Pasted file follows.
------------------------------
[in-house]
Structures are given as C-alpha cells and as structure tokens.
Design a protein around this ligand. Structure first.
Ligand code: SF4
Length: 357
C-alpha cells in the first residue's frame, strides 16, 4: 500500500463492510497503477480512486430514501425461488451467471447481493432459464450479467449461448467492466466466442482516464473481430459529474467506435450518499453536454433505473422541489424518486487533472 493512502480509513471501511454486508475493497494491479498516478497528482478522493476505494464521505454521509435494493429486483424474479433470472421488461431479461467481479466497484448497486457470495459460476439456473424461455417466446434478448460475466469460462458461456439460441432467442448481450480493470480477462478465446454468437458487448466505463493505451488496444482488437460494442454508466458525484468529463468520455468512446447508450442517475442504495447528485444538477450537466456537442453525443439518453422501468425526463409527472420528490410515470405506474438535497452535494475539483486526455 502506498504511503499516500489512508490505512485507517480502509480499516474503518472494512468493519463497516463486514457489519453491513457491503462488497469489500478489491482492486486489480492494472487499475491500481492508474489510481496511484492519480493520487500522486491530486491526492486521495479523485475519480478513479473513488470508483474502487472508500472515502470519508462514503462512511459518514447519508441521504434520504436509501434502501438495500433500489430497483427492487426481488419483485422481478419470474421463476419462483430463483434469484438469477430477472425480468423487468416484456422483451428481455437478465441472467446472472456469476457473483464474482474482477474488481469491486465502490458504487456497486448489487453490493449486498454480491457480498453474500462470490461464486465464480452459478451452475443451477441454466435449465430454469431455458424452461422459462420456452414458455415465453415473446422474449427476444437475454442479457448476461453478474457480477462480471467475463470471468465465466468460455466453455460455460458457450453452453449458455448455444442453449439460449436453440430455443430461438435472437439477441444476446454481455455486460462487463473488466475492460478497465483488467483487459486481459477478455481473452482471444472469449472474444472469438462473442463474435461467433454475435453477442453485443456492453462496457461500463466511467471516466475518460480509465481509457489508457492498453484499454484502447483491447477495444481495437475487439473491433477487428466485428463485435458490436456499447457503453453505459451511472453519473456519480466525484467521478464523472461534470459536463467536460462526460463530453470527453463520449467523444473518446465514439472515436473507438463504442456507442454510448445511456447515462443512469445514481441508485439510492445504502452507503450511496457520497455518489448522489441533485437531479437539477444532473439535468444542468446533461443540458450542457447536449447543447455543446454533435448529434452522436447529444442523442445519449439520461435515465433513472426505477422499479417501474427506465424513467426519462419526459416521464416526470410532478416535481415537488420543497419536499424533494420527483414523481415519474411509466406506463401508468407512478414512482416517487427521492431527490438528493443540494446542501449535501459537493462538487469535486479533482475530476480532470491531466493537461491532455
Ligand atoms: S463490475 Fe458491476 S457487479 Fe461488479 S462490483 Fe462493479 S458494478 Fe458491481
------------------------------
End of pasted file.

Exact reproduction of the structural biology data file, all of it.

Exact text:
[in-house]
Structures are given as C-alpha cells and as structure tokens.
Design a protein around this ligand. Structure first.
Ligand code: SF4
Length: 357
C-alpha cells in the first residue's frame, strides 16, 4: 500500500463492510497503477480512486430514501425461488451467471447481493432459464450479467449461448467492466466466442482516464473481430459529474467506435450518499453536454433505473422541489424518486487533472 493512502480509513471501511454486508475493497494491479498516478497528482478522493476505494464521505454521509435494493429486483424474479433470472421488461431479461467481479466497484448497486457470495459460476439456473424461455417466446434478448460475466469460462458461456439460441432467442448481450480493470480477462478465446454468437458487448466505463493505451488496444482488437460494442454508466458525484468529463468520455468512446447508450442517475442504495447528485444538477450537466456537442453525443439518453422501468425526463409527472420528490410515470405506474438535497452535494475539483486526455 502506498504511503499516500489512508490505512485507517480502509480499516474503518472494512468493519463497516463486514457489519453491513457491503462488497469489500478489491482492486486489480492494472487499475491500481492508474489510481496511484492519480493520487500522486491530486491526492486521495479523485475519480478513479473513488470508483474502487472508500472515502470519508462514503462512511459518514447519508441521504434520504436509501434502501438495500433500489430497483427492487426481488419483485422481478419470474421463476419462483430463483434469484438469477430477472425480468423487468416484456422483451428481455437478465441472467446472472456469476457473483464474482474482477474488481469491486465502490458504487456497486448489487453490493449486498454480491457480498453474500462470490461464486465464480452459478451452475443451477441454466435449465430454469431455458424452461422459462420456452414458455415465453415473446422474449427476444437475454442479457448476461453478474457480477462480471467475463470471468465465466468460455466453455460455460458457450453452453449458455448455444442453449439460449436453440430455443430461438435472437439477441444476446454481455455486460462487463473488466475492460478497465483488467483487459486481459477478455481473452482471444472469449472474444472469438462473442463474435461467433454475435453477442453485443456492453462496457461500463466511467471516466475518460480509465481509457489508457492498453484499454484502447483491447477495444481495437475487439473491433477487428466485428463485435458490436456499447457503453453505459451511472453519473456519480466525484467521478464523472461534470459536463467536460462526460463530453470527453463520449467523444473518446465514439472515436473507438463504442456507442454510448445511456447515462443512469445514481441508485439510492445504502452507503450511496457520497455518489448522489441533485437531479437539477444532473439535468444542468446533461443540458450542457447536449447543447455543446454533435448529434452522436447529444442523442445519449439520461435515465433513472426505477422499479417501474427506465424513467426519462419526459416521464416526470410532478416535481415537488420543497419536499424533494420527483414523481415519474411509466406506463401508468407512478414512482416517487427521492431527490438528493443540494446542501449535501459537493462538487469535486479533482475530476480532470491531466493537461491532455
Ligand atoms: S463490475 Fe458491476 S457487479 Fe461488479 S462490483 Fe462493479 S458494478 Fe458491481